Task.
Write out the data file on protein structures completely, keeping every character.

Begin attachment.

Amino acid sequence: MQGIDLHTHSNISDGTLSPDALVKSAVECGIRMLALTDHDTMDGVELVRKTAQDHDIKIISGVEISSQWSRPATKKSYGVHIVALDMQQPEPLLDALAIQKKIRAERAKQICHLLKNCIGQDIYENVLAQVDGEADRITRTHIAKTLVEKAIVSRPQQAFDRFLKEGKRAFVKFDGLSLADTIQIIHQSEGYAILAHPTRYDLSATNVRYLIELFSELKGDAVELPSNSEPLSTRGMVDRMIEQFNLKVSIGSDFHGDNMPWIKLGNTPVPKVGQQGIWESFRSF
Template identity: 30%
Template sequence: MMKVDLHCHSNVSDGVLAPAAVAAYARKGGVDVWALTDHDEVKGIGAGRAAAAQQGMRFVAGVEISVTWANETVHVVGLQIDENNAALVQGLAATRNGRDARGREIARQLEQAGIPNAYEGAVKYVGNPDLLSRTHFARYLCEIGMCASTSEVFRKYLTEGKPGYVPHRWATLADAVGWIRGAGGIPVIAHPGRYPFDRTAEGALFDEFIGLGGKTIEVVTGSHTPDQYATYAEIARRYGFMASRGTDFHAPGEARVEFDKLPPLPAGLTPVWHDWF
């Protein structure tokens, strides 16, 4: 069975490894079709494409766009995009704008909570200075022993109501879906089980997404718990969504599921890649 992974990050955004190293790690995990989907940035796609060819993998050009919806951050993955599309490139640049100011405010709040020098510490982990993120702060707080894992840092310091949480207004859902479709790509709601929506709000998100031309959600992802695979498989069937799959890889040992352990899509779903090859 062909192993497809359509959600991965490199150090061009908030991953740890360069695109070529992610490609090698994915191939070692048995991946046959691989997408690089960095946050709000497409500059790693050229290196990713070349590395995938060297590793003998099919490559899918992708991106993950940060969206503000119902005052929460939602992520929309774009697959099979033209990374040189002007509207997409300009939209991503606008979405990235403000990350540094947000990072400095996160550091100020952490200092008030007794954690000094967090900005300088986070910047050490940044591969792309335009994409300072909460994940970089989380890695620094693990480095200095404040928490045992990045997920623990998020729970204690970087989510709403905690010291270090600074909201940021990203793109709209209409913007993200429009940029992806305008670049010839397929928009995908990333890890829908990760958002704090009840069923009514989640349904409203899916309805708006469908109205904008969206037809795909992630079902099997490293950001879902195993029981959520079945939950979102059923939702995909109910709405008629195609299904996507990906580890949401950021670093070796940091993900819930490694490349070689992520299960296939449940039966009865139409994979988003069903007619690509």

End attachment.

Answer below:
Amino acid sequence: MQGIDLHTHSNISDGTLSPDALVKSAVECGIRMLALTDHDTMDGVELVRKTAQDHDIKIISGVEISSQWSRPATKKSYGVHIVALDMQQPEPLLDALAIQKKIRAERAKQICHLLKNCIGQDIYENVLAQVDGEADRITRTHIAKTLVEKAIVSRPQQAFDRFLKEGKRAFVKFDGLSLADTIQIIHQSEGYAILAHPTRYDLSATNVRYLIELFSELKGDAVELPSNSEPLSTRGMVDRMIEQFNLKVSIGSDFHGDNMPWIKLGNTPVPKVGQQGIWESFRSF
Template identity: 30%
Template sequence: MMKVDLHCHSNVSDGVLAPAAVAAYARKGGVDVWALTDHDEVKGIGAGRAAAAQQGMRFVAGVEISVTWANETVHVVGLQIDENNAALVQGLAATRNGRDARGREIARQLEQAGIPNAYEGAVKYVGNPDLLSRTHFARYLCEIGMCASTSEVFRKYLTEGKPGYVPHRWATLADAVGWIRGAGGIPVIAHPGRYPFDRTAEGALFDEFIGLGGKTIEVVTGSHTPDQYATYAEIARRYGFMASRGTDFHAPGEARVEFDKLPPLPAGLTPVWHDWF
């Protein structure tokens, strides 16, 4: 069975490894079709494409766009995009704008909570200075022993109501879906089980997404718990969504599921890649 992974990050955004190293790690995990989907940035796609060819993998050009919806951050993955599309490139640049100011405010709040020098510490982990993120702060707080894992840092310091949480207004859902479709790509709601929506709000998100031309959600992802695979498989069937799959890889040992352990899509779903090859 062909192993497809359509959600991965490199150090061009908030991953740890360069695109070529992610490609090698994915191939070692048995991946046959691989997408690089960095946050709000497409500059790693050229290196990713070349590395995938060297590793003998099919490559899918992708991106993950940060969206503000119902005052929460939602992520929309774009697959099979033209990374040189002007509207997409300009939209991503606008979405990235403000990350540094947000990072400095996160550091100020952490200092008030007794954690000094967090900005300088986070910047050490940044591969792309335009994409300072909460994940970089989380890695620094693990480095200095404040928490045992990045997920623990998020729970204690970087989510709403905690010291270090600074909201940021990203793109709209209409913007993200429009940029992806305008670049010839397929928009995908990333890890829908990760958002704090009840069923009514989640349904409203899916309805708006469908109205904008969206037809795909992630079902099997490293950001879902195993029981959520079945939950979102059923939702995909109910709405008629195609299904996507990906580890949401950021670093070796940091993900819930490694490349070689992520299960296939449940039966009865139409994979988003069903007619690509």